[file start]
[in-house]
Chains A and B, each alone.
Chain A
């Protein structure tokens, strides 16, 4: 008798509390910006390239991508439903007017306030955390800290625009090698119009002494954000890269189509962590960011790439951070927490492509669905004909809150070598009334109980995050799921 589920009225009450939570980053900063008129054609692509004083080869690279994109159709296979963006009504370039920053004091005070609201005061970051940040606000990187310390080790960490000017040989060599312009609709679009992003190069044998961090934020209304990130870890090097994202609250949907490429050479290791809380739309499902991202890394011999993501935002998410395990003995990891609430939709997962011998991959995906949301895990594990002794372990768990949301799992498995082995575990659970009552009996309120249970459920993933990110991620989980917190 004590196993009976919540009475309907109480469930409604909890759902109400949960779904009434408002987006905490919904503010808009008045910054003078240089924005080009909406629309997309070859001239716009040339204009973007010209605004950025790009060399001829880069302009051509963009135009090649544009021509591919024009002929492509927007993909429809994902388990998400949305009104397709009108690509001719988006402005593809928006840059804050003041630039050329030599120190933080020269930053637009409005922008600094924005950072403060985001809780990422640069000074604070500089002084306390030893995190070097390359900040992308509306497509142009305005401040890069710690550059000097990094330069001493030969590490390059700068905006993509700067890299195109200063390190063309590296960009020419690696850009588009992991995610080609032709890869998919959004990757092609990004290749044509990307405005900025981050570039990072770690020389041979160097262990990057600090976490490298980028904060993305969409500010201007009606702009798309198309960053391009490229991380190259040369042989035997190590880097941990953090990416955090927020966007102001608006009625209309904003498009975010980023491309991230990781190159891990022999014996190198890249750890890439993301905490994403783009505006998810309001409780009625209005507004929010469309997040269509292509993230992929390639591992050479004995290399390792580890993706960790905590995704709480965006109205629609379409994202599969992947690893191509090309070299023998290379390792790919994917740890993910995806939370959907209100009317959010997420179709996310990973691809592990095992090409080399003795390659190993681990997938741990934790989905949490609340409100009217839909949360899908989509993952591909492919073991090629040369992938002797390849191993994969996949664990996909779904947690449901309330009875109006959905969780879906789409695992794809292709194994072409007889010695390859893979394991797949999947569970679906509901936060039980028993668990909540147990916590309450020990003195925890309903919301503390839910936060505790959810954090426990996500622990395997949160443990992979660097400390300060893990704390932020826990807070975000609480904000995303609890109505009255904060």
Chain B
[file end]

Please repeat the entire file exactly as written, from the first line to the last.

[in-house]
Chains A and B, each alone.
Chain A
């Protein structure tokens, strides 16, 4: 008798509390910006390239991508439903007017306030955390800290625009090698119009002494954000890269189509962590960011790439951070927490492509669905004909809150070598009334109980995050799921 589920009225009450939570980053900063008129054609692509004083080869690279994109159709296979963006009504370039920053004091005070609201005061970051940040606000990187310390080790960490000017040989060599312009609709679009992003190069044998961090934020209304990130870890090097994202609250949907490429050479290791809380739309499902991202890394011999993501935002998410395990003995990891609430939709997962011998991959995906949301895990594990002794372990768990949301799992498995082995575990659970009552009996309120249970459920993933990110991620989980917190 004590196993009976919540009475309907109480469930409604909890759902109400949960779904009434408002987006905490919904503010808009008045910054003078240089924005080009909406629309997309070859001239716009040339204009973007010209605004950025790009060399001829880069302009051509963009135009090649544009021509591919024009002929492509927007993909429809994902388990998400949305009104397709009108690509001719988006402005593809928006840059804050003041630039050329030599120190933080020269930053637009409005922008600094924005950072403060985001809780990422640069000074604070500089002084306390030893995190070097390359900040992308509306497509142009305005401040890069710690550059000097990094330069001493030969590490390059700068905006993509700067890299195109200063390190063309590296960009020419690696850009588009992991995610080609032709890869998919959004990757092609990004290749044509990307405005900025981050570039990072770690020389041979160097262990990057600090976490490298980028904060993305969409500010201007009606702009798309198309960053391009490229991380190259040369042989035997190590880097941990953090990416955090927020966007102001608006009625209309904003498009975010980023491309991230990781190159891990022999014996190198890249750890890439993301905490994403783009505006998810309001409780009625209005507004929010469309997040269509292509993230992929390639591992050479004995290399390792580890993706960790905590995704709480965006109205629609379409994202599969992947690893191509090309070299023998290379390792790919994917740890993910995806939370959907209100009317959010997420179709996310990973691809592990095992090409080399003795390659190993681990997938741990934790989905949490609340409100009217839909949360899908989509993952591909492919073991090629040369992938002797390849191993994969996949664990996909779904947690449901309330009875109006959905969780879906789409695992794809292709194994072409007889010695390859893979394991797949999947569970679906509901936060039980028993668990909540147990916590309450020990003195925890309903919301503390839910936060505790959810954090426990996500622990395997949160443990992979660097400390300060893990704390932020826990807070975000609480904000995303609890109505009255904060």
Chain B